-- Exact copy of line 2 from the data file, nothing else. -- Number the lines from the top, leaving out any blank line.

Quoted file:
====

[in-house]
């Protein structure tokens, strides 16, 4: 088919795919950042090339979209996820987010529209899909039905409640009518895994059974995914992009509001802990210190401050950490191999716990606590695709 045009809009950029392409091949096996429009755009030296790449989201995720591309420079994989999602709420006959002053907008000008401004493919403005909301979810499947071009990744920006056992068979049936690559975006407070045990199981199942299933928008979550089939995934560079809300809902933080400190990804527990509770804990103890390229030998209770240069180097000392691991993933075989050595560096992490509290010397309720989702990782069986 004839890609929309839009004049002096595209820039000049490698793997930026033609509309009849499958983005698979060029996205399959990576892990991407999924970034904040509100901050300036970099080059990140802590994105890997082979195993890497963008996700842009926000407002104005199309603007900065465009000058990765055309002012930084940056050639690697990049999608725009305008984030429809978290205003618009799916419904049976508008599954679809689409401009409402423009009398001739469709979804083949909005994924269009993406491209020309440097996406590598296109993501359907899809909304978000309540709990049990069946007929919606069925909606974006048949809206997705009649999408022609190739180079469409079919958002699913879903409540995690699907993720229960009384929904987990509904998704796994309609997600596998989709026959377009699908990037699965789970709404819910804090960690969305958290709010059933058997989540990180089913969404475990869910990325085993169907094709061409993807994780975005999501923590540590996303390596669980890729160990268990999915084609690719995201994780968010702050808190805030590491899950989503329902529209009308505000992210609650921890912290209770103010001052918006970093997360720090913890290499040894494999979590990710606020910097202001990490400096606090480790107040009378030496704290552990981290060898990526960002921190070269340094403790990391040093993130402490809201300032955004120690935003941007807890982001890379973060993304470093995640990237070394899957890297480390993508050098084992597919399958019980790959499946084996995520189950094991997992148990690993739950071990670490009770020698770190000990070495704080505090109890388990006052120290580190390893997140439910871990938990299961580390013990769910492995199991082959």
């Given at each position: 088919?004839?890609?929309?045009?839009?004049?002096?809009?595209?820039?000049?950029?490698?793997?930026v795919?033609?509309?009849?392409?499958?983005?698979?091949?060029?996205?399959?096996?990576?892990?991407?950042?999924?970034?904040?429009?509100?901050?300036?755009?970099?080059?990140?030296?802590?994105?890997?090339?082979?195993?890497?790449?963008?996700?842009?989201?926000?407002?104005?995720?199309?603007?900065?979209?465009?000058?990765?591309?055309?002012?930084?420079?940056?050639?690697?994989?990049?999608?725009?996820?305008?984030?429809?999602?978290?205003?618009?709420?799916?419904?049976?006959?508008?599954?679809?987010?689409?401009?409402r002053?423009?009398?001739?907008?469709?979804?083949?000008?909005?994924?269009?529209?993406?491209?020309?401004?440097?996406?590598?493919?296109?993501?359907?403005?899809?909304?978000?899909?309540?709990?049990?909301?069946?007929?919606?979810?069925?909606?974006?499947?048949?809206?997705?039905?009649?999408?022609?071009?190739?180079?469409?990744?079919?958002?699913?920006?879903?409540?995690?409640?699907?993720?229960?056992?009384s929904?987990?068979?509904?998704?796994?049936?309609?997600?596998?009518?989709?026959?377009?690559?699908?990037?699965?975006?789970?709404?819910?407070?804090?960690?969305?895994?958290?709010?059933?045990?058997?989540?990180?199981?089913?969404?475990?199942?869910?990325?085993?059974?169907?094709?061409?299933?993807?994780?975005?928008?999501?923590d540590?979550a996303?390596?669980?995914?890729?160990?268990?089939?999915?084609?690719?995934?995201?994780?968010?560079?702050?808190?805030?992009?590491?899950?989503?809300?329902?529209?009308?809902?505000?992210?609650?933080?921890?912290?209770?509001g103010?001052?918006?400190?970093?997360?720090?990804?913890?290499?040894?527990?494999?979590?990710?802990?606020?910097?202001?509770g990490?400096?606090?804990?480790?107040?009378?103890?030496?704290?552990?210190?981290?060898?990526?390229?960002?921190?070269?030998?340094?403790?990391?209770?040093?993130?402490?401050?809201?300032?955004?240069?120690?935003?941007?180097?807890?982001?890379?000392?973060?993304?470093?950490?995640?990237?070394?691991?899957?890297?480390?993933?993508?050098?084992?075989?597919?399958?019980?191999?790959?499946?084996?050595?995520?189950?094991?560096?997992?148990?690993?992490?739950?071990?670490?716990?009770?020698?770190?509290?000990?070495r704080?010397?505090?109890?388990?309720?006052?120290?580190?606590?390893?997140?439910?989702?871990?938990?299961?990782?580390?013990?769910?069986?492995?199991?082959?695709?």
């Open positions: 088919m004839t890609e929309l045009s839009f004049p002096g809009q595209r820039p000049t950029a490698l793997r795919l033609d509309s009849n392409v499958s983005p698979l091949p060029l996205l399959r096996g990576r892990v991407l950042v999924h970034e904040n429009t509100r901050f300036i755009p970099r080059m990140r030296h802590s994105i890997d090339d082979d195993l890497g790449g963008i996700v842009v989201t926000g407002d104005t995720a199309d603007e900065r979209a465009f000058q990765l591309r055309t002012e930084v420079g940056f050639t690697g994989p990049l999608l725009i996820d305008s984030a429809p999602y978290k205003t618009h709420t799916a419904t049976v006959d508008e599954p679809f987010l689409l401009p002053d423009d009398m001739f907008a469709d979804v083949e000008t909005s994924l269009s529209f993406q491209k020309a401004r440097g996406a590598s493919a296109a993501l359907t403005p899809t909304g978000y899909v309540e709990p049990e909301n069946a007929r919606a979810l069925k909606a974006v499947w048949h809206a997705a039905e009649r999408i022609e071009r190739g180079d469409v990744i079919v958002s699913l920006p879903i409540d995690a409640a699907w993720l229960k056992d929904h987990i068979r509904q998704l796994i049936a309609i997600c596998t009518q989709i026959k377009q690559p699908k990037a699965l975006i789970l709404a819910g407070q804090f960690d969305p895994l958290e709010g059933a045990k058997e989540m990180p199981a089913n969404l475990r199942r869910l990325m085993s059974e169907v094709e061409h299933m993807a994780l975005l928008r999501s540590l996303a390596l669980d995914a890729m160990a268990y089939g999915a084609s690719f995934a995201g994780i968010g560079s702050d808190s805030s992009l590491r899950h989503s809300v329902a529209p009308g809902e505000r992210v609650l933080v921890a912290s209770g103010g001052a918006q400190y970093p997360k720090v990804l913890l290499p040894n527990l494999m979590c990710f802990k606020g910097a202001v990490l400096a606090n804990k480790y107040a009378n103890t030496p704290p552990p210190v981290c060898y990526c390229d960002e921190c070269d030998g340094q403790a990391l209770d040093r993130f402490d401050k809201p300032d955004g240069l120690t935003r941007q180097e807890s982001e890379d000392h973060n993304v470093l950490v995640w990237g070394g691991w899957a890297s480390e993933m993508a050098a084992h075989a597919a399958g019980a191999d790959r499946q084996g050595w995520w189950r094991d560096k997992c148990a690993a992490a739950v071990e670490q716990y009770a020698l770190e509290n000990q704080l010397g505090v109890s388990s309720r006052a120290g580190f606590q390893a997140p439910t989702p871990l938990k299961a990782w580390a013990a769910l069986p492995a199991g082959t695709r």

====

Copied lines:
């Protein structure tokens, strides 16, 4: 088919795919950042090339979209996820987010529209899909039905409640009518895994059974995914992009509001802990210190401050950490191999716990606590695709 045009809009950029392409091949096996429009755009030296790449989201995720591309420079994989999602709420006959002053907008000008401004493919403005909301979810499947071009990744920006056992068979049936690559975006407070045990199981199942299933928008979550089939995934560079809300809902933080400190990804527990509770804990103890390229030998209770240069180097000392691991993933075989050595560096992490509290010397309720989702990782069986 004839890609929309839009004049002096595209820039000049490698793997930026033609509309009849499958983005698979060029996205399959990576892990991407999924970034904040509100901050300036970099080059990140802590994105890997082979195993890497963008996700842009926000407002104005199309603007900065465009000058990765055309002012930084940056050639690697990049999608725009305008984030429809978290205003618009799916419904049976508008599954679809689409401009409402423009009398001739469709979804083949909005994924269009993406491209020309440097996406590598296109993501359907899809909304978000309540709990049990069946007929919606069925909606974006048949809206997705009649999408022609190739180079469409079919958002699913879903409540995690699907993720229960009384929904987990509904998704796994309609997600596998989709026959377009699908990037699965789970709404819910804090960690969305958290709010059933058997989540990180089913969404475990869910990325085993169907094709061409993807994780975005999501923590540590996303390596669980890729160990268990999915084609690719995201994780968010702050808190805030590491899950989503329902529209009308505000992210609650921890912290209770103010001052918006970093997360720090913890290499040894494999979590990710606020910097202001990490400096606090480790107040009378030496704290552990981290060898990526960002921190070269340094403790990391040093993130402490809201300032955004120690935003941007807890982001890379973060993304470093995640990237070394899957890297480390993508050098084992597919399958019980790959499946084996995520189950094991997992148990690993739950071990670490009770020698770190000990070495704080505090109890388990006052120290580190390893997140439910871990938990299961580390013990769910492995199991082959």